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How does the law treat community mailboxes?

You have likely seen examples in film or other popular media of kids destroying mailboxes for fun. While such images do typically represent delinquent behavior, few would likely the seriousness with which the destruction of mailboxes is treated by authorities. Indeed, the fact that vandalizing or destroying mailboxes is a federal crime has been detailed on this blog before. Recent years, however, have seen individual mailboxes become less common as communities are adopting the practice long utilized in apartment buildings of utilizing a community mail receptacle. These units make it easier for postal carriers to complete their rounds, and are built to be more secure than a standard mail box. Yet that added security does not necessarily mean they are immune from vandalism and theft. 

One might even argue that the fact that since you do not consistently have your eyes on your community mail receptacle, it is more vulnerable to abuse. That individual boxes require keys also means that more damaging effort is needed to open them. As is the case with individual mailboxes, it is also a federal crime to tamper with a community mailbox in any way.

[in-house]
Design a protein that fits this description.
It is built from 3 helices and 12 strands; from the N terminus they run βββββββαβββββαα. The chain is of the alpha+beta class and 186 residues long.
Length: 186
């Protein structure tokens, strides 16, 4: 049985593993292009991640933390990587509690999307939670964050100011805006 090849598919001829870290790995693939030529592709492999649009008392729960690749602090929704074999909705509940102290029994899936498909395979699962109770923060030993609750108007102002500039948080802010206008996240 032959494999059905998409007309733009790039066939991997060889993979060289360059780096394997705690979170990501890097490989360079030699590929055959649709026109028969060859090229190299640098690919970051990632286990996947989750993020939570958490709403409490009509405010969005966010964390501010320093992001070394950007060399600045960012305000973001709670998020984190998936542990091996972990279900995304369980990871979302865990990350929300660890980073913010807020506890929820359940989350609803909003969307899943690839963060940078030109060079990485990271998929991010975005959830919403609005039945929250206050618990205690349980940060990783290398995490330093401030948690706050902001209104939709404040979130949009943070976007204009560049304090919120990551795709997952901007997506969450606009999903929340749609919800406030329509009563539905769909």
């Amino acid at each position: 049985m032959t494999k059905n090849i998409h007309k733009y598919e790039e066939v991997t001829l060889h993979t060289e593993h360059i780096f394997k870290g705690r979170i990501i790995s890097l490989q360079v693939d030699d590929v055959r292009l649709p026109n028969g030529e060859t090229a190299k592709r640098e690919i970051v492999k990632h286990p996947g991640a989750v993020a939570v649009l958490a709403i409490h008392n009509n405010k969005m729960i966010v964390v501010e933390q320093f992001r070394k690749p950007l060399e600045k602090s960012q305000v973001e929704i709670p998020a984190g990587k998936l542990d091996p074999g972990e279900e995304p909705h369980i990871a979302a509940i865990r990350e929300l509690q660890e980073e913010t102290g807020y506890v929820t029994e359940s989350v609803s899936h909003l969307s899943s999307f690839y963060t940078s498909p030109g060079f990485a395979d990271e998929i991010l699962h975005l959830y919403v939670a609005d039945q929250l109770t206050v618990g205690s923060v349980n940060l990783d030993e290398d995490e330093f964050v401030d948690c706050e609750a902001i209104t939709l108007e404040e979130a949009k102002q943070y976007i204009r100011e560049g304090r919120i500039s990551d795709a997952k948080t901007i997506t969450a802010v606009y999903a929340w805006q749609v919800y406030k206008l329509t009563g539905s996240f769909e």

Yet what if it is you trying to get in to your community mailbox, yet you have lost your key? Section 18.1704 of the United States Code says that it is illegal to take another's key (or create a copy of your own) in order to gain access to a community mail receptacle. Again, however, the issue here is intent. If your intent is malicious or unlawful (e.g., wanting to read your neighbors' mail), then you may be charged with a crime. Simply trying to find an alterative way to get your own mail, however, may not meet the standard of criminal activity. 

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